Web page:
The heading was “Property Trading, Equity in New properties, Renovations” and then underneath that it said – “It would be nice to earn $2 million by using all of these money making streams above. I know it will happen, and it will happen in its own good time. Money flows effortlessly to me in so many different ways, and it is nice to see that every day the $2 million is getting that much closer to me. I'm in full alignment with allowing the $2 million to come to me in its own time, in its own way, and through all the various ways that money flows to me. Every day I enjoy what I'm doing, I love what I'm doing, and this too helps me get closer and closer to allowing all of the $2 million to come to me”


I realised a couple of months ago that just in this year (2014) what I was doing with a new property investing strategy, it was already done!


It’s almost like having a knowing that it’s already done when you put it out there - what you actually want, and then carry on with life. Another way of saying it is if you are watching say the All Blacks play Australia live in a rugby test match and it is a close game, there will be highs and lows during the 80 minutes of the game. You may not know the actual result until the full 80 minutes is up so it can be very tense watching the game. But if you knew the result and were watching it on replay, now the emotions, the worry, the frustrations don’t come into it - as you know how it ends up. It’s the same with goals, having the knowing that it all works out well in the end. You don’t worry when things that don’t work out as you think they should along the way, because you know how it ends. Watching a movie for the 2nd or 3rd time is the same, you don’t have all the highs and lows wondering how it all turns out, because you know how it finishes.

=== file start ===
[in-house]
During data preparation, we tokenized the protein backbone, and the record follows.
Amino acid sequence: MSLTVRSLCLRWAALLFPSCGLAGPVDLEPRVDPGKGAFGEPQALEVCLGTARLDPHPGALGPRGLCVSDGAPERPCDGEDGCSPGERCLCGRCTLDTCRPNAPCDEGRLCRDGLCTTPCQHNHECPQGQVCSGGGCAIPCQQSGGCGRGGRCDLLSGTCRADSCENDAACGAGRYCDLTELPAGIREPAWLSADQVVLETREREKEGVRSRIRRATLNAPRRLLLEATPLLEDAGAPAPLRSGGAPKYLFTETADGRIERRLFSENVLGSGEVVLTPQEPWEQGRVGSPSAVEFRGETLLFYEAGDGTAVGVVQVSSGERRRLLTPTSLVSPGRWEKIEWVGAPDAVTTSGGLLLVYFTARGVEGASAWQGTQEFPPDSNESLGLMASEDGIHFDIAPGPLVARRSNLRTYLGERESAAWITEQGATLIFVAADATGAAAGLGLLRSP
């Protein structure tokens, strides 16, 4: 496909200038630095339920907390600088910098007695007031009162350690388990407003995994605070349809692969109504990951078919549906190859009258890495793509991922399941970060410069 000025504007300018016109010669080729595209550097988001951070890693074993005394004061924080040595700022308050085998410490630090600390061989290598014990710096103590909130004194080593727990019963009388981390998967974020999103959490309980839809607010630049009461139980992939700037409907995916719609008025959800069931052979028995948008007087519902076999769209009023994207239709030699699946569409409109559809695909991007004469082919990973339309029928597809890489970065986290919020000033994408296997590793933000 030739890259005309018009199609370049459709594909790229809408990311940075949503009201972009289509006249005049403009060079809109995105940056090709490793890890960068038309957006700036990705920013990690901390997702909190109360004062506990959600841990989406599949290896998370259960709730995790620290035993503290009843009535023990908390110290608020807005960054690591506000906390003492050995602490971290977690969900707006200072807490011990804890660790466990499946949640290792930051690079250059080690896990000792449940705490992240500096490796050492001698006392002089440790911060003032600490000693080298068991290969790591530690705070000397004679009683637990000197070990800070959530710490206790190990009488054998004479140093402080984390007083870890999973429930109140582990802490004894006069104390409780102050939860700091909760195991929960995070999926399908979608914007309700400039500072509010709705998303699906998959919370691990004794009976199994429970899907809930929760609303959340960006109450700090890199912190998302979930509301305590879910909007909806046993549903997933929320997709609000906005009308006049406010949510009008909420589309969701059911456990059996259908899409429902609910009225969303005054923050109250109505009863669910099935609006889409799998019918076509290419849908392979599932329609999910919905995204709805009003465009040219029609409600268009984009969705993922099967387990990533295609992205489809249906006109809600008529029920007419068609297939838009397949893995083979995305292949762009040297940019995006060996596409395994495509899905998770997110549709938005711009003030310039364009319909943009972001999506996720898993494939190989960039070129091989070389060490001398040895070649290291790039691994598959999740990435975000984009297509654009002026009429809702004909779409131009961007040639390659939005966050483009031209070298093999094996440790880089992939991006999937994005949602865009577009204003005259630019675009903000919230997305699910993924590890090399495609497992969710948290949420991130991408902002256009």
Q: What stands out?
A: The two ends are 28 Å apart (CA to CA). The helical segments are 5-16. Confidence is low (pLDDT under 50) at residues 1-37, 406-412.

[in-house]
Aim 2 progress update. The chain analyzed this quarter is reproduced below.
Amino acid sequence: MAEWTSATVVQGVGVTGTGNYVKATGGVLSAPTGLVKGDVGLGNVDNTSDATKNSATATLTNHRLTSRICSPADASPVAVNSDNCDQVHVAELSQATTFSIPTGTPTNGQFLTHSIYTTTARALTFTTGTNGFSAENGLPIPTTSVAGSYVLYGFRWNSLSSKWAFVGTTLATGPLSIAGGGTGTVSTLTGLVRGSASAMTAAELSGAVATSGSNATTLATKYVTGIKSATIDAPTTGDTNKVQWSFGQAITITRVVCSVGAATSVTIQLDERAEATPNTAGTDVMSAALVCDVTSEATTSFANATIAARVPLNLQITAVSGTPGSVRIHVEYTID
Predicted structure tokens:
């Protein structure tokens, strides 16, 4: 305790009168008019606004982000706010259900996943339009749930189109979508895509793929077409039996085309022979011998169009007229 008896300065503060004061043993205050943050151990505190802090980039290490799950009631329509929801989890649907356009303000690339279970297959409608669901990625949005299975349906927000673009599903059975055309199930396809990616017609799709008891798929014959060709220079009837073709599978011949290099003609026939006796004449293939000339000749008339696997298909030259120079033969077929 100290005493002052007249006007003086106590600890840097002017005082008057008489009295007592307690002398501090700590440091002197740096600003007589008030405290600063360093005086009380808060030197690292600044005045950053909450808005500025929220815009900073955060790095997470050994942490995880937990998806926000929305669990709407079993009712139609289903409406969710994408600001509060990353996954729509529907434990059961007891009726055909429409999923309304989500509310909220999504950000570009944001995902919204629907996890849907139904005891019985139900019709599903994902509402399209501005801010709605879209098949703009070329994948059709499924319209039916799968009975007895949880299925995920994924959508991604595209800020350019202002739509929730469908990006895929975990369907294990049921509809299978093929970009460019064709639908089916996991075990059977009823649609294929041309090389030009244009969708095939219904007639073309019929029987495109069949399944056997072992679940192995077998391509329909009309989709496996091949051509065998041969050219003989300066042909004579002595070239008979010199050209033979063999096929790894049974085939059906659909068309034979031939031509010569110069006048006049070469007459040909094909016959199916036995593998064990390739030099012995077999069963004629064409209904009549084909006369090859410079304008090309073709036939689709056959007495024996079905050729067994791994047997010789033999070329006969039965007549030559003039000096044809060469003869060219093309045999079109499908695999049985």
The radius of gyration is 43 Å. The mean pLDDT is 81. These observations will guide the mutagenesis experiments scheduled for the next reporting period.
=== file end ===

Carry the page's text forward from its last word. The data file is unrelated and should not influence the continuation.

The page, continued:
So, rather than forcing yourself to go look at properties because you think you need to do this in order to achieve your goals, do it only when you feel the inspiration to do so. Not because you think you have to, or you will fail or look bad to others if you don’t do it. People often say procrastination is a bad thing, but I don’t think it is bad at all. If you are not inspired to get off the couch and go look at properties, or go to the bank to ask for finance etc, then just wait until you have the inspiration to do so. It will be a far more enjoyable process. The answer is to have a happy journey on the way to what you want, enjoying the process. Then when you get there you will also be happy with the end result/goal. The other important thing too is that, over time your goals may change to something else, and some you may either decide not to do, or not go for what you originally wanted. By enjoying the process on the way, you will be a lot happier - no matter what the eventual outcome is.


This is about as specific as I would get now on setting any goals:


Write down this about what you want:-

*When – 0% (achieved by when)

*What - 8% (specifics of income, # of properties, cashflow etc)

*How - 2% (how you are going to do it)

*Why - 90% (why you want it)


I have rated what I think the importance of each of these 4 things are.


As you can see I don’t rate a time (the When) to achieve goals as of any importance at all, the ‘How’ is also very low in importance. The ‘What’ you want is more important, but the most important in all of this is your ‘Why’.


Without a big enough ‘Why’, the chances of getting what you want are very slim. This is another big key to it all, and without a big ‘Why’ you will find excuses and reasons along the way that will keep you exactly where you are.


For me, my big ‘Why’ back when I started was that I didn’t want to work for someone for 40 years or more, and end up with nothing at age 65.


I wanted to learn about finance and investing so I didn’t end up broke at the end of my life. The freedom to do what I wanted to and go on holiday when I felt like it was a big part of my ‘Why’ as well, not having to answer to a boss or ask permission to take time off for just a few weeks each year.


Graeme Fowler


Disclaimer: Nothing is this article is meant to constitute financial advice of any kind, and is the opinion of the author only. Seek professional advice before making any financial decision.